It was a really hectic week for everyone involved but if you are a farmer you just put your head down and get it done. Septic systems, sick animals, bad weather, they all happen and are part of life. No sense whining, just figure it out and get it done.
Last week was busy, and not just because of farming.
One of the houses on our farm had a septic tank problem. I didn’t think it was time to have the tank pumped yet but who knows. When to pump a tank is more art than science when you don’t have easy access to check the tank.
So I call my septic tank guy. Turns out he has stopped doing tanks. But he knew a guy he said did a great job.
A couple of quick phone calls and we were able to get same day service, which was awesome. Having lived here for most of my life, I actually knew where the cleanout was so with a little digging, we were able to get to the lid and get things pumped out. It was pouring rain, as it had been for days but crisis averted.
The next day, I get a message from the folks living in the house. Things are backing up again. Oddly, it was only from certain drains. I called the plumber this time, thinking it was probably a line in the house. They showed up and started asking questions. In discussion I remembered that we actually had two septic tanks on this house. They were plumbed back to back as I recalled. The old original tank was just extended to go into the new tank, then everything went into one drain field via the new tank.And we’d only pumped one of them, the new tank.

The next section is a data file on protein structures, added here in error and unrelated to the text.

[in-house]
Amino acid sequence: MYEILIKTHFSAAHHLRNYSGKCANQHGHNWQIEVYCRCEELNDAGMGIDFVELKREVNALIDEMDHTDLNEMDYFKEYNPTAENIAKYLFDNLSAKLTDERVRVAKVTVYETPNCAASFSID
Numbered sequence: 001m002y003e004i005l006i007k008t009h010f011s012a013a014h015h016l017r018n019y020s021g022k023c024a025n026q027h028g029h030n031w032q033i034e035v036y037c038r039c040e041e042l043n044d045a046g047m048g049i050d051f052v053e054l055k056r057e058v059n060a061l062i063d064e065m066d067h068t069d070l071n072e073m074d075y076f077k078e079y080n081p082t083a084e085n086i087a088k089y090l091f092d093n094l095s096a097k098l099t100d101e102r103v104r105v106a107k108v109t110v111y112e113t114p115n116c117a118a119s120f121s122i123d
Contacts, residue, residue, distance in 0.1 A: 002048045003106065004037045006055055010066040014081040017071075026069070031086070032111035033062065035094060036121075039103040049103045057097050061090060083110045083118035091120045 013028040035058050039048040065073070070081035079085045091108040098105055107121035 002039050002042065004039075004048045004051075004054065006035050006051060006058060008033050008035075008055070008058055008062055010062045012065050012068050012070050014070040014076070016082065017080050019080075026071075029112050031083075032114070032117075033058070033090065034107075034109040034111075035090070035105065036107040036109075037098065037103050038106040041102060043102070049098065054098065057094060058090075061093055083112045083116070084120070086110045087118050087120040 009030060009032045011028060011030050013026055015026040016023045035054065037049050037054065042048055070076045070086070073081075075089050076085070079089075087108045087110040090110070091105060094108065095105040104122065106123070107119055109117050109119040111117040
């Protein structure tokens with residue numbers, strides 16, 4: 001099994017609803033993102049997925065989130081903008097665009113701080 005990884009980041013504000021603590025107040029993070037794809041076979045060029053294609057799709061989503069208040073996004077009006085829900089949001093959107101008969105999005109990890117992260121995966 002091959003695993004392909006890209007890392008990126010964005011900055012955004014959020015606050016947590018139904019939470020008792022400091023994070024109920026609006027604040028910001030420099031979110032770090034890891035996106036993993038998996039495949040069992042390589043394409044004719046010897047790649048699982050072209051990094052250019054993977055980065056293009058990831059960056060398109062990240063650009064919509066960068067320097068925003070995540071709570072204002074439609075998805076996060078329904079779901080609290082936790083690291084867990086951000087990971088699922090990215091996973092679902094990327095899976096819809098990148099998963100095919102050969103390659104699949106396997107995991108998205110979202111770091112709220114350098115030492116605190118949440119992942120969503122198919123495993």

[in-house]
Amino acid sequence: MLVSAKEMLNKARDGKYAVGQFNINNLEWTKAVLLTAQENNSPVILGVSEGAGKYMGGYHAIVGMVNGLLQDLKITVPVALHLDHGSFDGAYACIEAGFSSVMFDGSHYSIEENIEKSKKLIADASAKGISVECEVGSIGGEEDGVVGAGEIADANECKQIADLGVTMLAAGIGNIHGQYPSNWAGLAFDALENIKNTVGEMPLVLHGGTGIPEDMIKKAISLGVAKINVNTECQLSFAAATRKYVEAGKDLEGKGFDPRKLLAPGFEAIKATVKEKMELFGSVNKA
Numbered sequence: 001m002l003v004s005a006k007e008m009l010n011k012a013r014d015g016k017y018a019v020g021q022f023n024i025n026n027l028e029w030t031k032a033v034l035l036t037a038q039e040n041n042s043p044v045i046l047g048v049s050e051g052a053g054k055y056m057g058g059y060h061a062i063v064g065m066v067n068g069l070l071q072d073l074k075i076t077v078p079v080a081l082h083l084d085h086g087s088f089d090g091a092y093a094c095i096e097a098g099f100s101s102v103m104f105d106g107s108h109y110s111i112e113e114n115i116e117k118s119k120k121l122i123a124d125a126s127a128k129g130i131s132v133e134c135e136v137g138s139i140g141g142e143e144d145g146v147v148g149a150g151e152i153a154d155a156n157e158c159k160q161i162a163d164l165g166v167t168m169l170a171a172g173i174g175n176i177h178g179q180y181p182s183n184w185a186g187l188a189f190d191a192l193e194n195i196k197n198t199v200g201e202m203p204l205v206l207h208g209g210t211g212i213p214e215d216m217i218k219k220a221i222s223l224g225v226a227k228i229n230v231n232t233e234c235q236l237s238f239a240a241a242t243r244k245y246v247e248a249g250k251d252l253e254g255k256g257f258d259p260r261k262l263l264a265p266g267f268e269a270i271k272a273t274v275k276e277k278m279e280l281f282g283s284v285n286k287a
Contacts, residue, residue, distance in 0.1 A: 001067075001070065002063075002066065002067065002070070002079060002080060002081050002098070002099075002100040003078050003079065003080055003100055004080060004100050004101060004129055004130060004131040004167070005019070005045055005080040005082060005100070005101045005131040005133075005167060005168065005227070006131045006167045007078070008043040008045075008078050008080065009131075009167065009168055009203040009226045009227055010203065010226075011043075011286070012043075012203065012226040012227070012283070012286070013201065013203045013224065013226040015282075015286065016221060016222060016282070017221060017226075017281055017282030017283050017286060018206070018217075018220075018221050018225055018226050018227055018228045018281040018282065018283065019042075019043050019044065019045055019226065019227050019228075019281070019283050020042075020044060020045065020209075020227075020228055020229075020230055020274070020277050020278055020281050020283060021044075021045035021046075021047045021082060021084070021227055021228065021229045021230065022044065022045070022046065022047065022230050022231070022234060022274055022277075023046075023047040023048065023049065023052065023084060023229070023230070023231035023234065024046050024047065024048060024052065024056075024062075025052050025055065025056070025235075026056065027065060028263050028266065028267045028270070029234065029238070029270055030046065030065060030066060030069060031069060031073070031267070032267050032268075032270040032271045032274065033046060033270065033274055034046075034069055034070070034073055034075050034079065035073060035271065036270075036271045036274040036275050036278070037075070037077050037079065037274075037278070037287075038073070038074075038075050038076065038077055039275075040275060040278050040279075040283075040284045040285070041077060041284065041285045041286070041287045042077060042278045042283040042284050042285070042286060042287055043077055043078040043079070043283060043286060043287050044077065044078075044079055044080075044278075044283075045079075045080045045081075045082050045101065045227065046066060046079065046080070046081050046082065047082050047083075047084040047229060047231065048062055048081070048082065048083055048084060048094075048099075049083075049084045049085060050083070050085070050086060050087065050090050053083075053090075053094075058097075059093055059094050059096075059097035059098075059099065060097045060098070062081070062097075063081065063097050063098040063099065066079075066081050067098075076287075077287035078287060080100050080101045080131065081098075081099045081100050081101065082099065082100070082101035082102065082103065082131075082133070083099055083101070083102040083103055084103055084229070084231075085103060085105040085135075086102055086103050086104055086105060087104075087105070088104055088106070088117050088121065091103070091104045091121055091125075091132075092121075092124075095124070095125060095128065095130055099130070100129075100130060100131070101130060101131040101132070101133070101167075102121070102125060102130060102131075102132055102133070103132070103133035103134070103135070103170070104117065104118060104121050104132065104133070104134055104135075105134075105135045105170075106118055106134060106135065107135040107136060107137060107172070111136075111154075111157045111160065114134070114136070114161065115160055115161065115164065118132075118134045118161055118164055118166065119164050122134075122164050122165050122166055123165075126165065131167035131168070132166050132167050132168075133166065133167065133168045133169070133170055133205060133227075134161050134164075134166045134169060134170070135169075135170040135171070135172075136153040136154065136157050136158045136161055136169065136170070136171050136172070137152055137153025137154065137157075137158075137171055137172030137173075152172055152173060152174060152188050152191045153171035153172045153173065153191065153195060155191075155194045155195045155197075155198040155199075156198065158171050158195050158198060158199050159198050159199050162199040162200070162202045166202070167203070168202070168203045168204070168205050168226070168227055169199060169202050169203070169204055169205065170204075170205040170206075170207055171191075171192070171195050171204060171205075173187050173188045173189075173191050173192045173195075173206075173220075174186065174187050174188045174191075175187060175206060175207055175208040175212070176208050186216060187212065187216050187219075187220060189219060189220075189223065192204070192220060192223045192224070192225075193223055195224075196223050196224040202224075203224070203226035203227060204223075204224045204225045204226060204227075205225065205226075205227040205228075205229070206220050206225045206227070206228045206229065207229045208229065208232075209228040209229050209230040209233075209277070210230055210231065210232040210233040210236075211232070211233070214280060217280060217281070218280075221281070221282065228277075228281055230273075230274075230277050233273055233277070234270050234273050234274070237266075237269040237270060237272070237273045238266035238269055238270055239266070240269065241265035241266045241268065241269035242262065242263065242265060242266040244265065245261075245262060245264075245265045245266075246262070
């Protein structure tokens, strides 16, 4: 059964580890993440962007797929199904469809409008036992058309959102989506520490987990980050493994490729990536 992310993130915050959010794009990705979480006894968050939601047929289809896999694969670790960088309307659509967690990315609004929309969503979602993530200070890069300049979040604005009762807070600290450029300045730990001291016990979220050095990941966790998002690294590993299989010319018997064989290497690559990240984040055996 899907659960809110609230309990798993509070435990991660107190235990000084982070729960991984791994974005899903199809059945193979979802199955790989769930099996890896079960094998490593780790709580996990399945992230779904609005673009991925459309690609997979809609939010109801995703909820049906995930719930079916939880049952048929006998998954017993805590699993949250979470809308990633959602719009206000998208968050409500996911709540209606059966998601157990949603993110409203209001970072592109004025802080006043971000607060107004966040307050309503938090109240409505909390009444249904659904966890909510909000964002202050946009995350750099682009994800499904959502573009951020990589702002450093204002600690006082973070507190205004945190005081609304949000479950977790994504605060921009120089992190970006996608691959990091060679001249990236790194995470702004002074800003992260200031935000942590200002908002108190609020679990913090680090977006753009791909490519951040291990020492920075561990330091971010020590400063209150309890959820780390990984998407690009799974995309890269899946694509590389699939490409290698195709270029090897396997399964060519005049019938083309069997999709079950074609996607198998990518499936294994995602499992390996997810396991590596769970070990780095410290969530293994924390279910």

Well duh, said the plumber, you didn’t pump out the old tank which is where all the solids would be. That’s your problem. Oops. A quick call back to the septic tank guy and yes, they would indeed come back out again and only charge me slightly more this time.
So once more we go out in the rain, this time trying to find the tank I didn’t remember. Vicente and I probed the ground which sounds fancy but it’s just sticking a metal rod into the dirt hoping to hit concrete. We probed around the tank we knew was there. Nope. We probed up to and around the deck. Nope. We took the steps off of the deck and probed. Nope. We started taking random boards off the deck and probed. Nope. We probed the landscaping. Nope.
All in all, we probably probed over 100 spots, in the rain, for several hours, and didn’t hit anything. I’d officially given up. Vicente, for some strange reason, decided to probe a random spot in the landscaping right beside the tank we’d already found while he was listening to me explain why I was giving up. Clink! What the heck is that? Some more probes. Clink! Clink! We’d hit the tank. Just then the septic tank guys pulled up and we had them dig out the lid and pump the newly found very old tank. Yeah! Success. Back again to the house to dry off and do farmy stuff.
The next day I get a message from my tenants. Yeah, it’s not working.
So the plumber comes back out, and this time decides to snake the line. Snaking the line starts about 4pm and goes to about 8pm. After that much time the drains have improved exactly this much.
So after watching them snake the line for four hours, I finally convince them to let me put lye drain cleaner in the line and see if it will clean things out. I do so and we all go home. The results of enough lye to clean out Manhattan? That’s in the next post.